The tale of the "Tombs of Atuan," is the second book in the Earthsea Cycle and begins a few years after Ged's adventures combating the "shadow" force. In Atuan, part of the Kargish lands, a little girl, Tenar, was chosen at birth to assume the role of One Priestess of the Tombs of Atuan, where the ancient Nameless Ones are said to dwell. The nine tombs had stood there, since the time of the first man, since Earthsea was created. "They were the tombs of those who ruled before the world of men came to be, the ones not named, and she who served them had no name." When Tenar was five years-old, she was taken from her parents and formerly given to the Nameless Ones, her life until death was dedicated to them - the old gods. She was to become the High Priestess, reborn, of an ancient religion. And now she has no other name but Arha, the Eaten One.
Her days are all the same, spent learning the endless rites and lore important to her position. Arha is separated from other neophytes, who have been sent to serve various gods, and soon grows bored and restless. Beneath her dwelling place, under the Throne and the Tombs, lies a vast labyrinth where hidden treasures are stored. She had been introduced to the hidden passageways when she reached her teens and now spends her days, alone, exploring this dark underground maze. It is here that one day she comes upon an intruder. Since it is forbidden for anyone else to walk under the Tombs, or to show light there, she is at first incredulous to see the area illuminated for the first time, and to note the presence of a stranger who stands where even other priestesses are forbidden. It is Ged who is there to recover a most priceless treasure - and to offer the young woman a wider destiny if she wishes it.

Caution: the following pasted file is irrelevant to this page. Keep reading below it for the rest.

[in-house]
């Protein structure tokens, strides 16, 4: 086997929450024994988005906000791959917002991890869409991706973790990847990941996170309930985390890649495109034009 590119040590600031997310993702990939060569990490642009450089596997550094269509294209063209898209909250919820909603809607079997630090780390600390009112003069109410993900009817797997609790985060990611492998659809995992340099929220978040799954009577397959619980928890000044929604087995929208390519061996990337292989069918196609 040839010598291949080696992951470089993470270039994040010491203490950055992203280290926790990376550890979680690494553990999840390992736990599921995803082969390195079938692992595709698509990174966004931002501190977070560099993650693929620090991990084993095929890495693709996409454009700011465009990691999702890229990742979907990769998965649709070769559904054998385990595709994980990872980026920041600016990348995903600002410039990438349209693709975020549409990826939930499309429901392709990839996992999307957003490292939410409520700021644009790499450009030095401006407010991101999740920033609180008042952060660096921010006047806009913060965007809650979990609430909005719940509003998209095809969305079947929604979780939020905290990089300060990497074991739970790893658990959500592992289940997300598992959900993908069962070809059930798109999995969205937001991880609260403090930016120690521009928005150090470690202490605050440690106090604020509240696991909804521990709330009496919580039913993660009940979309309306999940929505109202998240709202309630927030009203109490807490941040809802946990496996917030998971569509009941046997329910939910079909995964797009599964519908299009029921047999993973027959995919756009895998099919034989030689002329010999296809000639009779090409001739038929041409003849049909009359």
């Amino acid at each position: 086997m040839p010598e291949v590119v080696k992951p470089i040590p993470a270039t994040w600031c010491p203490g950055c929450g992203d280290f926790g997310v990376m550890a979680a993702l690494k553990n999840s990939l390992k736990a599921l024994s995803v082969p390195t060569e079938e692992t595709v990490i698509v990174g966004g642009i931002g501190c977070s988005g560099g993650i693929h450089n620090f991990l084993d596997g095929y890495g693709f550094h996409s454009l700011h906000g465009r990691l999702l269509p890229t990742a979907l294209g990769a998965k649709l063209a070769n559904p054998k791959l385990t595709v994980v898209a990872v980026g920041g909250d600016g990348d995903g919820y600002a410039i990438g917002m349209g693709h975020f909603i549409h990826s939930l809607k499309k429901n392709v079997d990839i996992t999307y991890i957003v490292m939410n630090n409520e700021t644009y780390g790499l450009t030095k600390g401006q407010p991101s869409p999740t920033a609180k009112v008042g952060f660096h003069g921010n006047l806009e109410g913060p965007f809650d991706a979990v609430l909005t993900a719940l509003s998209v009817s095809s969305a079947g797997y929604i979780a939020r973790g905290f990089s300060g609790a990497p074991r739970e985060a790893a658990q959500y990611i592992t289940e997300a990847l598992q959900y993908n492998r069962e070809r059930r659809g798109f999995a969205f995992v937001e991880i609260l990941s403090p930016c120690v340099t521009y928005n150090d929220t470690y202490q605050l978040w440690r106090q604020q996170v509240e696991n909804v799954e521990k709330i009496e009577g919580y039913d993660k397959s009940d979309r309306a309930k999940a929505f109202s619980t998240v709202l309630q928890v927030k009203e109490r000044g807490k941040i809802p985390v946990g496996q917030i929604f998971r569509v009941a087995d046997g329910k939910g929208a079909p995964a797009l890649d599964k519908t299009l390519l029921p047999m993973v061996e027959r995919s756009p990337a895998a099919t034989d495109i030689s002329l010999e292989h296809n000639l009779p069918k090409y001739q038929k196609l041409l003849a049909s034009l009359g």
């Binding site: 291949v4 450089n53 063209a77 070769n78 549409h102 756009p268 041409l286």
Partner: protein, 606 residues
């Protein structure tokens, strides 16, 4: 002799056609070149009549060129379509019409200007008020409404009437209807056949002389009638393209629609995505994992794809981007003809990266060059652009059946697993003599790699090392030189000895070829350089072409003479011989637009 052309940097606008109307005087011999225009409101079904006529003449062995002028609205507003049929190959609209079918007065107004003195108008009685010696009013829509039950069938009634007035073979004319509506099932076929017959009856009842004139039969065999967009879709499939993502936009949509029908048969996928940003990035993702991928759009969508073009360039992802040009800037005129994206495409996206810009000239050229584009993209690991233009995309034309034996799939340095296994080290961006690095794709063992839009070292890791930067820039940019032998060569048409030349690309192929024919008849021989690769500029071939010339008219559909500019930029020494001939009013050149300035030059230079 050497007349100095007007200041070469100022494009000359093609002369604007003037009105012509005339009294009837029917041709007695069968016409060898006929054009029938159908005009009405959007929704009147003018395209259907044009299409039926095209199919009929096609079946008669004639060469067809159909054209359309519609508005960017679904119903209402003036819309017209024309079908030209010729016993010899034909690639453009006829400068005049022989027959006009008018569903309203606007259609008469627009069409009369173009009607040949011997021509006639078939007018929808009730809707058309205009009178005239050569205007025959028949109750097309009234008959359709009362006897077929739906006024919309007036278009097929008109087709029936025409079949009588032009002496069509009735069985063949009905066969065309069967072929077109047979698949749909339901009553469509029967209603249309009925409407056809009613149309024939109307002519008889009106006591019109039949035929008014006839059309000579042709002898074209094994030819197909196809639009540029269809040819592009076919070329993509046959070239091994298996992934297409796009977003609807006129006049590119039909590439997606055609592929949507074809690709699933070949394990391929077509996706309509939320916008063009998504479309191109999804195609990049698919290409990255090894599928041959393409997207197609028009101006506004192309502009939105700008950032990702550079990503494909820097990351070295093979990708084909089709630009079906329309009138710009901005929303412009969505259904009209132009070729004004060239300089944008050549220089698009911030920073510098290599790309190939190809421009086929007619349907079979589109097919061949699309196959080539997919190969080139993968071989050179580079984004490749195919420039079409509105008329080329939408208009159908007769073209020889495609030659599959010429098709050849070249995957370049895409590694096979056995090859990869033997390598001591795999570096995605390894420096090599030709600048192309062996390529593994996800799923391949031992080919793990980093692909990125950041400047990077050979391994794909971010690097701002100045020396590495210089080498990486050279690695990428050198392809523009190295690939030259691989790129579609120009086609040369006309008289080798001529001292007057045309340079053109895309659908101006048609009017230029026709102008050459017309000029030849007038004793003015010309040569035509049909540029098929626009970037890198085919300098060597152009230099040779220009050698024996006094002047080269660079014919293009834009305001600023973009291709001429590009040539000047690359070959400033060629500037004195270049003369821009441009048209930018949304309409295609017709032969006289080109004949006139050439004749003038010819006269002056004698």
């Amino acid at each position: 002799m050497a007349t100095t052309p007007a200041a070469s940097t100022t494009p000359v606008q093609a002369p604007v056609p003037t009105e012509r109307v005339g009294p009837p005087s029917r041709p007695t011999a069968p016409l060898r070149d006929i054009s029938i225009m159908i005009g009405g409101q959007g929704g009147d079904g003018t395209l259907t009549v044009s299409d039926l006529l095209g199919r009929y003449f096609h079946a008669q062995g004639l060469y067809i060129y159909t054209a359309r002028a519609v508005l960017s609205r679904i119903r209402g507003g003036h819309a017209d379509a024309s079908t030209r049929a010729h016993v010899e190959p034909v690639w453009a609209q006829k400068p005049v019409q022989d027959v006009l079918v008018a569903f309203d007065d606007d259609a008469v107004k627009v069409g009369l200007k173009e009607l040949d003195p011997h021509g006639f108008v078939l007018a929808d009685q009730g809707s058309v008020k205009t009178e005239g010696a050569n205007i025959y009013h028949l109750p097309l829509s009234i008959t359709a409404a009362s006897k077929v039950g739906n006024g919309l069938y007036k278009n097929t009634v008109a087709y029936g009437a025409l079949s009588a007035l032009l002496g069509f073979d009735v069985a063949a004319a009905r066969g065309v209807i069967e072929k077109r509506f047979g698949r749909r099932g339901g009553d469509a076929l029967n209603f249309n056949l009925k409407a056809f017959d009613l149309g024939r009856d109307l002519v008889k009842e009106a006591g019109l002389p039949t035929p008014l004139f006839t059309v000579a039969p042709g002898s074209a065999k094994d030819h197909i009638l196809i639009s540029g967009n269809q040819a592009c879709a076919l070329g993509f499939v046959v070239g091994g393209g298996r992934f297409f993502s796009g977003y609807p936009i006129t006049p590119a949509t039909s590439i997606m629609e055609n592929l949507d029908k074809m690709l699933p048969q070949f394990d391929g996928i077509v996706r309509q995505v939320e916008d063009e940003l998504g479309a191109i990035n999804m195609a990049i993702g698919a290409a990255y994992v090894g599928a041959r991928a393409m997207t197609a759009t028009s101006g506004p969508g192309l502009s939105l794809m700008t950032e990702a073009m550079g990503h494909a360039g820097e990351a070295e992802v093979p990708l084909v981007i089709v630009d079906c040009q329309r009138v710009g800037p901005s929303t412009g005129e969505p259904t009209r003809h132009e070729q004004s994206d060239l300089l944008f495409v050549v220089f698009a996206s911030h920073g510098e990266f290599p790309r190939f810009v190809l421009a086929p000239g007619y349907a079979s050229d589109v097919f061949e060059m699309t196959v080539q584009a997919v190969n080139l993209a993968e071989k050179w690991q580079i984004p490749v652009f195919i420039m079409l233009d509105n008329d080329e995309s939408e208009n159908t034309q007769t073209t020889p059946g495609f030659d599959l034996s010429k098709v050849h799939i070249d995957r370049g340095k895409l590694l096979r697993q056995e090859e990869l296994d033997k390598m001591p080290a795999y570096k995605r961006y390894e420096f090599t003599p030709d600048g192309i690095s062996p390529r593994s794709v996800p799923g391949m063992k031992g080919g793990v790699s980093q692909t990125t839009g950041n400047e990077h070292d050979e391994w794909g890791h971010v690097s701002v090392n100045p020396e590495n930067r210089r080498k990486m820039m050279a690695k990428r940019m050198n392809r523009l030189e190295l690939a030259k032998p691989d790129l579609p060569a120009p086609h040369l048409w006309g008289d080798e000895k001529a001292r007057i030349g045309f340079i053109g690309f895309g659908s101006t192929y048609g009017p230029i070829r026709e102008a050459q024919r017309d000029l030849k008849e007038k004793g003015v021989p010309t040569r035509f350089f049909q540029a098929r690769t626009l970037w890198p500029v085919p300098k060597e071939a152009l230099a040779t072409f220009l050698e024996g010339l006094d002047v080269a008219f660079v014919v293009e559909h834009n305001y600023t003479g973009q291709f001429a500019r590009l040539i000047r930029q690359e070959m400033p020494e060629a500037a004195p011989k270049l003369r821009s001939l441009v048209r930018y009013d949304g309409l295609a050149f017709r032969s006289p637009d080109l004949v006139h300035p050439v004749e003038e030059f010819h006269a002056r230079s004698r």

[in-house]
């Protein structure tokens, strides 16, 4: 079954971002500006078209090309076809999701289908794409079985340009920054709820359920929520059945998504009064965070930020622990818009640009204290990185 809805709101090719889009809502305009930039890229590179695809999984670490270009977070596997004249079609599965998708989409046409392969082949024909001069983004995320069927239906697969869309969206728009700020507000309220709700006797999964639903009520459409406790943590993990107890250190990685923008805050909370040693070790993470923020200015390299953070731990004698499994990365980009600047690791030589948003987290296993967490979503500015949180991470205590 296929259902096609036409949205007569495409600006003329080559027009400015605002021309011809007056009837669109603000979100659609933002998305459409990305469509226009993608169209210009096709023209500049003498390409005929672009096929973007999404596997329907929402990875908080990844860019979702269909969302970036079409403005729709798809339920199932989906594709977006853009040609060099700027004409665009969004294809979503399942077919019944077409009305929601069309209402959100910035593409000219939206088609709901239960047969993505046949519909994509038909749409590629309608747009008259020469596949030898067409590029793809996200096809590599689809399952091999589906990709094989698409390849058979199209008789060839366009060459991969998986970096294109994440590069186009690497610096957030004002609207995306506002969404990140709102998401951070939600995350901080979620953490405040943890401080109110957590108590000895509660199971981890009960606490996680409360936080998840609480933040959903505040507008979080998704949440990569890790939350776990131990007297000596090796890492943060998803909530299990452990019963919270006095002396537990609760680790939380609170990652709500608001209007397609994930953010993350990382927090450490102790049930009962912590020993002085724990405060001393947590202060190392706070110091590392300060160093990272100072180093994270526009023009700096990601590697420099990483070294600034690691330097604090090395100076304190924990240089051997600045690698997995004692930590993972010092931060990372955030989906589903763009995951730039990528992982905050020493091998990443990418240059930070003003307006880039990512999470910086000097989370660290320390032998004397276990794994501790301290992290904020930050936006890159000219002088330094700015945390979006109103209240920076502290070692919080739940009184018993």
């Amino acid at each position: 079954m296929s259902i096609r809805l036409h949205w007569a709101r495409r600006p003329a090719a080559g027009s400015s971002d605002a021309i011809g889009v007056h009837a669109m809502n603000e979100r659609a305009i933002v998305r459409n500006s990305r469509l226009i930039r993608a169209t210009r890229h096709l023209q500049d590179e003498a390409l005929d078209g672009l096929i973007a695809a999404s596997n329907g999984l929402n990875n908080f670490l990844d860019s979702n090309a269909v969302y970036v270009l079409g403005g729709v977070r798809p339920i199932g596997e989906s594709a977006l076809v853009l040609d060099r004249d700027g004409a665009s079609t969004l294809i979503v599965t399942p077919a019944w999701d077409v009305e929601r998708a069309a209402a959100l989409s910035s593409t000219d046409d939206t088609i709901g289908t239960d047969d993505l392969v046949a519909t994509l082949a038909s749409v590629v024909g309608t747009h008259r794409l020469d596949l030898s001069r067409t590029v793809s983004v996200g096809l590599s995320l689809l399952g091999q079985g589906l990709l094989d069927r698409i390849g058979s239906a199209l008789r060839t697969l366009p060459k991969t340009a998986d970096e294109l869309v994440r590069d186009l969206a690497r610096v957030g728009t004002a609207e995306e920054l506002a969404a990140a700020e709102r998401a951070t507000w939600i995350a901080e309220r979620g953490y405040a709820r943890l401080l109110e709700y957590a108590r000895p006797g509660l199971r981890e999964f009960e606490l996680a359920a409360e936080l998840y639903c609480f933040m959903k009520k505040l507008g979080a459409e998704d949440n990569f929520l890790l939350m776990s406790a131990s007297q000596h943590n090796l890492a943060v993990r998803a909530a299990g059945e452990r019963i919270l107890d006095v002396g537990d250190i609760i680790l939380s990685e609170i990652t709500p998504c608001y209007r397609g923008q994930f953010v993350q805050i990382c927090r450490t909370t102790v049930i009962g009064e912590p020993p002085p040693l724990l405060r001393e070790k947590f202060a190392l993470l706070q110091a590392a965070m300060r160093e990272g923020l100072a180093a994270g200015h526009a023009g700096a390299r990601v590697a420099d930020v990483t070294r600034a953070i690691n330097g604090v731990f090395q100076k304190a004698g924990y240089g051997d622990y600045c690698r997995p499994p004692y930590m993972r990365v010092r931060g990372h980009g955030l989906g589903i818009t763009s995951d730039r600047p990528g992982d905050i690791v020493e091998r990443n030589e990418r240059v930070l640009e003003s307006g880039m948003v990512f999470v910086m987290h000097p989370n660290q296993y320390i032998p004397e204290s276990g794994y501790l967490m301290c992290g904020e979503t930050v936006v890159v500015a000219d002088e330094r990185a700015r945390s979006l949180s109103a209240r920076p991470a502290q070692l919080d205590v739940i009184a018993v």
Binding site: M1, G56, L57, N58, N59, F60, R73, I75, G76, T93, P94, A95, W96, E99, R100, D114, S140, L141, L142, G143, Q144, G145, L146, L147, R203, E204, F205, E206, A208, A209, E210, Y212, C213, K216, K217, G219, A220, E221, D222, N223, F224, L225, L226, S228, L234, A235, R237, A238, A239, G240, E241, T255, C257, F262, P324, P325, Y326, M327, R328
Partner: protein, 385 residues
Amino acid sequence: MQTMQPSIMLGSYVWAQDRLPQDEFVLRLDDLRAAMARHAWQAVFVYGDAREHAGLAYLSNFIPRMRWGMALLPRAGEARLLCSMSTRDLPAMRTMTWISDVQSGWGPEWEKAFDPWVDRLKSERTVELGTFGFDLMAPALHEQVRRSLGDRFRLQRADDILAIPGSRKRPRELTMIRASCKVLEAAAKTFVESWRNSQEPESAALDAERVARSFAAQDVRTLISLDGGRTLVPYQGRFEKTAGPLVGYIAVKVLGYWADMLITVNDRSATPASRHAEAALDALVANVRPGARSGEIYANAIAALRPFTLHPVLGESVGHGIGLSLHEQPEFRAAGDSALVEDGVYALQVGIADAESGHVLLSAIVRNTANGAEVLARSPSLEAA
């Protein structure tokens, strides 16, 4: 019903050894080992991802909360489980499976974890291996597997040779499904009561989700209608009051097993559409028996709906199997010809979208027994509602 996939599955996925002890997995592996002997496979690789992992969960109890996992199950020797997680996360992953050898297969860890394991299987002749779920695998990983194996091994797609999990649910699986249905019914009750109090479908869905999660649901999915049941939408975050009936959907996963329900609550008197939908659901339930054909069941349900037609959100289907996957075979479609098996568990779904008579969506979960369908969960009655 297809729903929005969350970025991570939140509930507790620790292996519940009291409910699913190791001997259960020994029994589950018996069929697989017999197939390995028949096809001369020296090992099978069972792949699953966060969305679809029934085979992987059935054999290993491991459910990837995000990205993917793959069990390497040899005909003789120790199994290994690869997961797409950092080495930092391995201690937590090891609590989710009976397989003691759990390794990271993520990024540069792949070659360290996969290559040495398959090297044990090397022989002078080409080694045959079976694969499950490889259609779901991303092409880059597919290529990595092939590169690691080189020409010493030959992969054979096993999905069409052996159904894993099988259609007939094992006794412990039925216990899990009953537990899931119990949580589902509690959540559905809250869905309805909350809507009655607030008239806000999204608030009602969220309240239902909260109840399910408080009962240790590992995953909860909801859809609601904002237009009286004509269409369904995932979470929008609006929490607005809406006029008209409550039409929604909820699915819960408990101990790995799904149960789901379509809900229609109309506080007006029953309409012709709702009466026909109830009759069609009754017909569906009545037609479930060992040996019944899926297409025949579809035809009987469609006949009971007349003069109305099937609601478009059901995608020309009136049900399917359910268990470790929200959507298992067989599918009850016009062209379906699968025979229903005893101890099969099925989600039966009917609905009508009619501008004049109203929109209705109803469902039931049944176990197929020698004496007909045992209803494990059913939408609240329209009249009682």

The author emphasizes that Arha must make a decision whether or not to free herself from a dying cult - from the weight and darkness of the Nameless Ones. She must decide whether she is willing to work to recover her identity and her name. Ms. Le Guin again underscores the power of names that she introduced in "A Wizard of Earthsea," along with the themes of light and shadow, good and evil. She is a truly exceptional writer, whose lyrical and poetic narrative and extraordinary descriptive passages bring her characters and landscapes vividly to life.